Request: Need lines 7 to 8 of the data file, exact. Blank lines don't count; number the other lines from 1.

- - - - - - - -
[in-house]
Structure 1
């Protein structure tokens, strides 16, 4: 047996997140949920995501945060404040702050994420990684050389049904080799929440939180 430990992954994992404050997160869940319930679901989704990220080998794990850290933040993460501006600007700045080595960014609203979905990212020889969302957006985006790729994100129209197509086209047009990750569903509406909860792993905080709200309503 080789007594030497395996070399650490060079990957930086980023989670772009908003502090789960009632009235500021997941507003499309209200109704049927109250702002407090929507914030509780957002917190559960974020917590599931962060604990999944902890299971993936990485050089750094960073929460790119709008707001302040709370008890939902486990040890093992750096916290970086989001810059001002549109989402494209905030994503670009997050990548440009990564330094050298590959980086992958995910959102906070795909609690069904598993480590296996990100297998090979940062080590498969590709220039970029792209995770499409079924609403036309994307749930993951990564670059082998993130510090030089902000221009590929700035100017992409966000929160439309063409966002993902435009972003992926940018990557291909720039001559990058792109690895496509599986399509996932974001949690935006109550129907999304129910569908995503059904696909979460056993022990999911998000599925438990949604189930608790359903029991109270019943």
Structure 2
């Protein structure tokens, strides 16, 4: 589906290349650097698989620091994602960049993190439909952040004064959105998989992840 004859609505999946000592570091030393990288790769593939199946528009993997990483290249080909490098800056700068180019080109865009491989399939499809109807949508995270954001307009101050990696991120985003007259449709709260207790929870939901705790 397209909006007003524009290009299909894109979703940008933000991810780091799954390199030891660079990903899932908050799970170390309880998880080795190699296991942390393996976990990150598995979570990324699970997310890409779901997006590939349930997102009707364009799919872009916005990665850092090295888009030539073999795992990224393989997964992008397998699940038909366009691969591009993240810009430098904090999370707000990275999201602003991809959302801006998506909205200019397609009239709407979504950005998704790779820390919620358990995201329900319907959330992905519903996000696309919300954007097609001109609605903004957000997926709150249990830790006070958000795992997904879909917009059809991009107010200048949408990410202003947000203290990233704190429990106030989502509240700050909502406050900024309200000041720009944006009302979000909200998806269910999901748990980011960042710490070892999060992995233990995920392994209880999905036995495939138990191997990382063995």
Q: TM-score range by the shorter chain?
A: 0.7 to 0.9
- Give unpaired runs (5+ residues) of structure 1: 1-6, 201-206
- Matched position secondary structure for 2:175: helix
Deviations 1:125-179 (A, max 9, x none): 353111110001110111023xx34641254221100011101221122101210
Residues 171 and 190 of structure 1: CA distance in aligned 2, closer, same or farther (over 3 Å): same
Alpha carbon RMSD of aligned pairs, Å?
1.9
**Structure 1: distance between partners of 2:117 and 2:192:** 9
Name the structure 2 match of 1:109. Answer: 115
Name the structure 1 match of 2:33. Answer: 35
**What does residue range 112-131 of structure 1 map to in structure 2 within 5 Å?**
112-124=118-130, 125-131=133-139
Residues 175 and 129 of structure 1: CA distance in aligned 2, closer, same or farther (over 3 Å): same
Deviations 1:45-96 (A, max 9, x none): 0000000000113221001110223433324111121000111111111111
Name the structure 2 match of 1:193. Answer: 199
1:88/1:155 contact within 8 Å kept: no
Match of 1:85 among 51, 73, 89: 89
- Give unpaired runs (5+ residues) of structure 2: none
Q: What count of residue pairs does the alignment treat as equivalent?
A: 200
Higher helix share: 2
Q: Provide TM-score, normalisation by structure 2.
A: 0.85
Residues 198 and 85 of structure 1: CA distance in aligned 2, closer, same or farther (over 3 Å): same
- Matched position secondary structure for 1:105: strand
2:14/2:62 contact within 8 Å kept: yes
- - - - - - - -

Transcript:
A: 0.7 to 0.9
- Give unpaired runs (5+ residues) of structure 1: 1-6, 201-206